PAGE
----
(Diagram of acidophilus in green lining the small intestine, repelling Candida.)Healthy small intestine

One common side-effect of antibiotics taken as a prescription is Candida yeast overgrowth.  Candida yeast likewise reside within the small intestine, but are kept in communal balance by friendly bacteria, whose primary defense is this same acid waste which repels yeasts from the receptor sites where minerals are assimilated.  The waste of Candida is acetylaldahyde, highly toxic to the human body, the same chemical which causes an alcohol hangover and which exhausts the adrenal glands.  Candida will convert blood sugars into alcohol-waste too, which then pass into the liver.

Thus it is a cycle, a downward spiral of falling events.

The other interesting factor about Candida is its metabolic use of iron.  And Candida albicans is immune to antibiotics.  Once populations of friendly bacteria are destroyed by antibiotic contact, Candida can freely attach itself to the brush borders of the small intestine.  They have the ability to puncture the protective intestinal lining, pass into the blood stream, and translocate to anywhere they have access to iron and sugar.  Then Candida directly attack the supply line of iron, which is stolen from a protective protein called transferrin, while on its path to larger iron storage units known as ferritin.

Surprise, surprise!

The iron-poor condition known as anemia is where blood supply is diminished along with iron storage capacity.  With most young runners, they have adequate hemoglobin (blood supply) with diminished ferritin.  This means that it is possible that something is passing into the blood, which does not interfere with blood production at initial stages, but is able to withdraw iron and lower ferritin-count, or so-to-speak, empty the bank account.

If this was to be Candida, then it entered the blood through puncturing the small intestine, which it could not do with healthy levels of acidophilus present.  Thus, this would be a double-whammy to iron, with low assimilation on the front end, and iron-theft by yeast on the back end.

If Candida is behind low iron stores, the liver would produce an antifungal defense against fungal overgrowth called hepcidin.  Hepcidin likewise impairs thyroid communication in the liver, causing stomach acid reduction, which impairs vitamin B12 absorption, which further crashes the person suffering from “low ferritin” from gaining meaningful nutrition from their diet, craving sugar as a result.

To check the math, we note that low ferritin and the condition of hypothyroid frequently appear together.  Where it ties is at the liver, producing antifungals like hepcidin as a defense against Candida overgrowth, following antibiotics as a prescription or in food as a sterilizing agent.

And there you have it: low ferritin as a ratio result in the balances between harmful yeast and friendly microflora.  Plus factoring the liver’s ability to self-cleanse and produce bile.  Throwing iron pills down the gullet in the long term fuels the engines to drive even more problems home in the future, including sugar-craving leading to obesity.

The female high school senior who suffered from a pimple-rash on her neck, I believe suffered as a result of her skin attempting to removed fungal acetylaldahyde-waste from her system where she sweat.  Of course, I am not a medical professional, so I cannot say for sure.  Her mother initially told me that her doctor had her supplementing high doses of iron, which many runners do, which in her case may have accelerated and fueled the metabolic cycle of Candida in her system.  Then, that growth of fungal waste quantity inflamed her skin.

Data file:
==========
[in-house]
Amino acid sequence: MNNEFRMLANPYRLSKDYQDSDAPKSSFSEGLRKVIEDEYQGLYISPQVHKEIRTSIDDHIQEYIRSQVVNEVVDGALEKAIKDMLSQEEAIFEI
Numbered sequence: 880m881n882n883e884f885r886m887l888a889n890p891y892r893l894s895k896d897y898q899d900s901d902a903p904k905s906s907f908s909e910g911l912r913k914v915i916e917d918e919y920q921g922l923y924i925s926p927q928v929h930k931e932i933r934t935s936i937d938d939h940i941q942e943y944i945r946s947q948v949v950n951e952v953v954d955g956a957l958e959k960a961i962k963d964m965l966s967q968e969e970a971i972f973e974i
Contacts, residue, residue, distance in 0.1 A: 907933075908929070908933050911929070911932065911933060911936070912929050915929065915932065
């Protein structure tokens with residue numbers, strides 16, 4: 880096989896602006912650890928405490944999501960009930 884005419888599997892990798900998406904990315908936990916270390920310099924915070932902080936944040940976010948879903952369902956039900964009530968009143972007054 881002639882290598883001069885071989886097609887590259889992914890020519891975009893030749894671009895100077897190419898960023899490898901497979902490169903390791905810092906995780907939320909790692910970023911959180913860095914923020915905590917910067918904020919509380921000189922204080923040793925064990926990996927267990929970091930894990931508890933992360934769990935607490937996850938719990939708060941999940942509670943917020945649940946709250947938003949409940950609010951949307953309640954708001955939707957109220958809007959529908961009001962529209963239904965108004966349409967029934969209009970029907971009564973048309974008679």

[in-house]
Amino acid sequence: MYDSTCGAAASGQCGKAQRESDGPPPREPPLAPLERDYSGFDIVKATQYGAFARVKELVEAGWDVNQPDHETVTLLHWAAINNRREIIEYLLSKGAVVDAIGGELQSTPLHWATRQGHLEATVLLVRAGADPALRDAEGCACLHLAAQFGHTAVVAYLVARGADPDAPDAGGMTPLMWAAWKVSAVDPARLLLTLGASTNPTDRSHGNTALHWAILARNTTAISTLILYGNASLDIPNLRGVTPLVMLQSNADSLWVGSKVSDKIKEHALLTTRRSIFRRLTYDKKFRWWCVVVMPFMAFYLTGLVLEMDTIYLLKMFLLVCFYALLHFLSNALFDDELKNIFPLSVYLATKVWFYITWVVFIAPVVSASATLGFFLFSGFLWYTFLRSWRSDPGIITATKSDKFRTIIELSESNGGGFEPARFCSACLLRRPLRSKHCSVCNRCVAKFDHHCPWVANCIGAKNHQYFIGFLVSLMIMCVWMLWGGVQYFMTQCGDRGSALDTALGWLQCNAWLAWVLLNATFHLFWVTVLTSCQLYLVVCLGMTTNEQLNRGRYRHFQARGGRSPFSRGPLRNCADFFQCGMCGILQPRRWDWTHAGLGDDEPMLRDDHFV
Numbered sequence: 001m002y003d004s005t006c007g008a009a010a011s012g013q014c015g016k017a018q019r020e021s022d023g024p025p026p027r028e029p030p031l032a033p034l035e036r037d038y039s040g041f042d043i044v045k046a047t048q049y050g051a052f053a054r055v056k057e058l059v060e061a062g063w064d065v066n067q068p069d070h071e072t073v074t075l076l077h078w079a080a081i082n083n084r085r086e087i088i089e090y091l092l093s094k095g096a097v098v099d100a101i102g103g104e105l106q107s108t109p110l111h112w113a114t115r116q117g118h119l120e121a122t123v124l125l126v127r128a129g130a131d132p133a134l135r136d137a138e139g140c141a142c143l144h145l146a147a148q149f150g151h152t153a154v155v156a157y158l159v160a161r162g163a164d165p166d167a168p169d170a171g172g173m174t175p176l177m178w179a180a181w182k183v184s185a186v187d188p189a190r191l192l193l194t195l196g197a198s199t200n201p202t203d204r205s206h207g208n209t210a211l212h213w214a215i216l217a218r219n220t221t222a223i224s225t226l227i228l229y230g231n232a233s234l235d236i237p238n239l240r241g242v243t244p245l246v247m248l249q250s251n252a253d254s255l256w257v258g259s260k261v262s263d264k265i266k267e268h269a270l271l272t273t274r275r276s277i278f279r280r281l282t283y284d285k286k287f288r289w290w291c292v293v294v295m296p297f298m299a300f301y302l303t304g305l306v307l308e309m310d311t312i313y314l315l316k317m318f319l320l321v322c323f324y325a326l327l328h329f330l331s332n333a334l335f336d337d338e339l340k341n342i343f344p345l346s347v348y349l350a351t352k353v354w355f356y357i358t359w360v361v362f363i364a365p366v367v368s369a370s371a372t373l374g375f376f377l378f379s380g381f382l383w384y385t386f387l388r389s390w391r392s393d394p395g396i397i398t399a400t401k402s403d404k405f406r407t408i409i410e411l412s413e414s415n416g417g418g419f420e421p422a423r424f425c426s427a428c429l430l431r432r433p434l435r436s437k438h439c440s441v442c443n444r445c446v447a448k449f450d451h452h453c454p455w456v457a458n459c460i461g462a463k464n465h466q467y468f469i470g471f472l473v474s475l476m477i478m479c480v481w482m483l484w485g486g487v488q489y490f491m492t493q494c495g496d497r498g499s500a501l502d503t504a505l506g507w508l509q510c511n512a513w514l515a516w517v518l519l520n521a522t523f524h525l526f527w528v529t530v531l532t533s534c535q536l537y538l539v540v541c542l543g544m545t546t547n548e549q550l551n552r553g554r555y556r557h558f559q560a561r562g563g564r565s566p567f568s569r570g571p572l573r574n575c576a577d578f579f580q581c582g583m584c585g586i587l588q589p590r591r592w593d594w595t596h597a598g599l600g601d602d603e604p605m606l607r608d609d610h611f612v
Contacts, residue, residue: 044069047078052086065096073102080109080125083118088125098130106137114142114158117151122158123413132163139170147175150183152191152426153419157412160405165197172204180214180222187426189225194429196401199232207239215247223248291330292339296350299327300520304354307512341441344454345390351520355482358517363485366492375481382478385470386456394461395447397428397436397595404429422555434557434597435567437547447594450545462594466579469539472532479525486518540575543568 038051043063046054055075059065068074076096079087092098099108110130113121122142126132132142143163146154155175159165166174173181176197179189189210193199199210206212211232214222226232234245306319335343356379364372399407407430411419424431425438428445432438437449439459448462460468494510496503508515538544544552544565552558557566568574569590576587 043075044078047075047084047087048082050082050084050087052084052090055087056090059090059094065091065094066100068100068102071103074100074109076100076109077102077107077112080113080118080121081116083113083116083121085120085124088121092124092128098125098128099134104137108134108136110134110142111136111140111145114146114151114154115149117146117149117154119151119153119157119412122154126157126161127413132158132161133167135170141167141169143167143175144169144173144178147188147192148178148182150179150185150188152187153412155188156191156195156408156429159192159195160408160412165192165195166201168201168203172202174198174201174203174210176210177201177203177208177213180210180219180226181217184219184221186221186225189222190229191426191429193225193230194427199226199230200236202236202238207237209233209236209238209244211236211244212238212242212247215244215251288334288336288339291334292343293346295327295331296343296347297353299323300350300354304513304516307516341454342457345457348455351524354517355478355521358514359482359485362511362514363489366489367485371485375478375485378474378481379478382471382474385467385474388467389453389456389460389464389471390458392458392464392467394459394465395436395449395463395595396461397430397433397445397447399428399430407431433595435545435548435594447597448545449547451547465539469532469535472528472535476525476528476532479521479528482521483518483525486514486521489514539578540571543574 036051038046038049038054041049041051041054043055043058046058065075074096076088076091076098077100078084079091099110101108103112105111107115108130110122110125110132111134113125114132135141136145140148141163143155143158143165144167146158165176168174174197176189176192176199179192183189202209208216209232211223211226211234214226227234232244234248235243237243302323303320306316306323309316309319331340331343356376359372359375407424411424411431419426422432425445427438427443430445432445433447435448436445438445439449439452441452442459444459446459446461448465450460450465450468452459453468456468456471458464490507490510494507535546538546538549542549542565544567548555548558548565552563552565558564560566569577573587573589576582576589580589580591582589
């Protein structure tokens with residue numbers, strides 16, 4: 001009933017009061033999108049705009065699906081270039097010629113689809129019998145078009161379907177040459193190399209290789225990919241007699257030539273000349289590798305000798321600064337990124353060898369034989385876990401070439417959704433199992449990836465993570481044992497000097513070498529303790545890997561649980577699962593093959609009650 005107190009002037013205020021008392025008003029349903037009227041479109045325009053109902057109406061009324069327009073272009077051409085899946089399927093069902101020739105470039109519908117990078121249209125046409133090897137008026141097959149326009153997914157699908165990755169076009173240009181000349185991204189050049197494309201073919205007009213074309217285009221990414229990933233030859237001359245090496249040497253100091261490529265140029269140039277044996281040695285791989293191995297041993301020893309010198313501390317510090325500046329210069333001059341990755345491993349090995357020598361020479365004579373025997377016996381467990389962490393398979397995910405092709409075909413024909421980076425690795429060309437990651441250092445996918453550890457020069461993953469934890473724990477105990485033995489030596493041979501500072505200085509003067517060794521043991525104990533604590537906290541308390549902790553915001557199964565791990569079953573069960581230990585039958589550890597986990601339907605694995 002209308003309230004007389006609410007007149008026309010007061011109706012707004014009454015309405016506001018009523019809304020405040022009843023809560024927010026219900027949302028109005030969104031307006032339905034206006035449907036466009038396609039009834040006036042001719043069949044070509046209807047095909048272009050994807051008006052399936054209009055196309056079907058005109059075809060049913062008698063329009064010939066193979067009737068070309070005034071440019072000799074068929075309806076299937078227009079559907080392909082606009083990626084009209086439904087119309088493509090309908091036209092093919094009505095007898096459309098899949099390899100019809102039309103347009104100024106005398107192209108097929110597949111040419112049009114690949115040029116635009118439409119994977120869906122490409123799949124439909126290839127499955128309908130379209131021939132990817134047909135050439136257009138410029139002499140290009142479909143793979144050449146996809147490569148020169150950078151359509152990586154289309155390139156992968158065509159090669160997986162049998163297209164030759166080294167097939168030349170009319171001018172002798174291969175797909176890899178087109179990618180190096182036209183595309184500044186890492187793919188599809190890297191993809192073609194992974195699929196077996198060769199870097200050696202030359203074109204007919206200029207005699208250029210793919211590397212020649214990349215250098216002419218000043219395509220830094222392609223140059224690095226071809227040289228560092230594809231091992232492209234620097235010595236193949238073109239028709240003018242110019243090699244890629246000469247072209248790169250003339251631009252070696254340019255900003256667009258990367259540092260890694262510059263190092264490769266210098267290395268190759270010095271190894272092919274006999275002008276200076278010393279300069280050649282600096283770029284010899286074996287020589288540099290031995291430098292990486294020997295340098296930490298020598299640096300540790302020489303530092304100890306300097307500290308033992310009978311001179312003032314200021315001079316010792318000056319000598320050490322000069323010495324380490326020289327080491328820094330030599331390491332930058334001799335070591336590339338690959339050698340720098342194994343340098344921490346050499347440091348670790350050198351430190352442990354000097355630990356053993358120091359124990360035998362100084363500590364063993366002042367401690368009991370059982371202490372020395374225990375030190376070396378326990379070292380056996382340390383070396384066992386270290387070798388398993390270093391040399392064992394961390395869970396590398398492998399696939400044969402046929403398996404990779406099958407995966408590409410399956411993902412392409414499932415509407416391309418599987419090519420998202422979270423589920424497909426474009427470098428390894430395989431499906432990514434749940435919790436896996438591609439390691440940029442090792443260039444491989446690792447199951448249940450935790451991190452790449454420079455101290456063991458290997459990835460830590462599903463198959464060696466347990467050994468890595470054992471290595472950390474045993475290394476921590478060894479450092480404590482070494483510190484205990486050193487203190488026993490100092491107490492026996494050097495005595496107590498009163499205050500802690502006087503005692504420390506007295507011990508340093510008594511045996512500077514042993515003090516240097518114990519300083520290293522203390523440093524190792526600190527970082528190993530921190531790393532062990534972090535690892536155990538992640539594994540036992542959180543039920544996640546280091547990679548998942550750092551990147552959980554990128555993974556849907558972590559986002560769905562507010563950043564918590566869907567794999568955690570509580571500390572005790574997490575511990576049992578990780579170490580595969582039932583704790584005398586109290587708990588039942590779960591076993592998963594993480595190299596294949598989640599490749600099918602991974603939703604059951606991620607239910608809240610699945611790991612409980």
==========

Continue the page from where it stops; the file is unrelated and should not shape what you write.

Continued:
Then, skin rashes are frequently treated with antibiotics — with no show of improvement, further supporting future Candida overgrowth and a slow, downward, frustrating spiral.

I suggested that this runner’s nurse-mother consider that her daughter begin consuming fermented foods like miso, kombucha, and plain goat milk yogurt.  And to recognize foods in her daughter’s diet such as ground meats, which might contain harmful sterilizing agents, like sausage and hamburger.  I suggested that even salads served in chain restaurants are sterilized with high amounts of chlorine as a wash and to try eating more meals at home made from organic ingredients.

The mother asked me about white meat chicken breast, to which I replied, “Research the factory farming of chickens and antibiotic use by those farmers and processors.”

This runner may have had an exceptional season with or without my recommendations, but she did finish her track season with three first place finishes in long distance events at the girl’s state track meet in 2013.  It’s called “a triple crown.”

I made these same dietary recommendations to the Brentwood High cross country and track team runners, plus essential fatty acid oils, and for whatever the reason, low ferritin issues resolved themselves during the 2013/14 seasons.

Here’s the reason why.  Low ferritin, low iron, and low energy are not individual-specific.  These are “cultural issues” affecting civilized populations who are consuming similar foods and suffering from the same illness precursors by varying degree.

Therefore, the best treatment for low iron stores is prevention.  And one cannot implement prevention without awareness.  And who understands that all this internal mumbo jumbo is real, if not a colon hygienist observing people’s poop?

In history, fermented foods rich in prebiotics and probiotics were the norm for robust peoples, not the exception.  Thus, in the case of low ferritin, I suggest that the best path forward will be — backwards.

Link to Low Ferritin: http://www.smashwords.com/books/view/434546

Free access code: XA35J  Hit “buy” button, fill in short info request, then input free code.  Code expires May 15.


1 Hunding, Jordal, and Puley, Runner’s Anemia and Iron Deficiency, Journal of Internal Medicine, April 24, 2009.

2 Lipski, Leaky Gut Syndrome, Keats Publishing, 1998.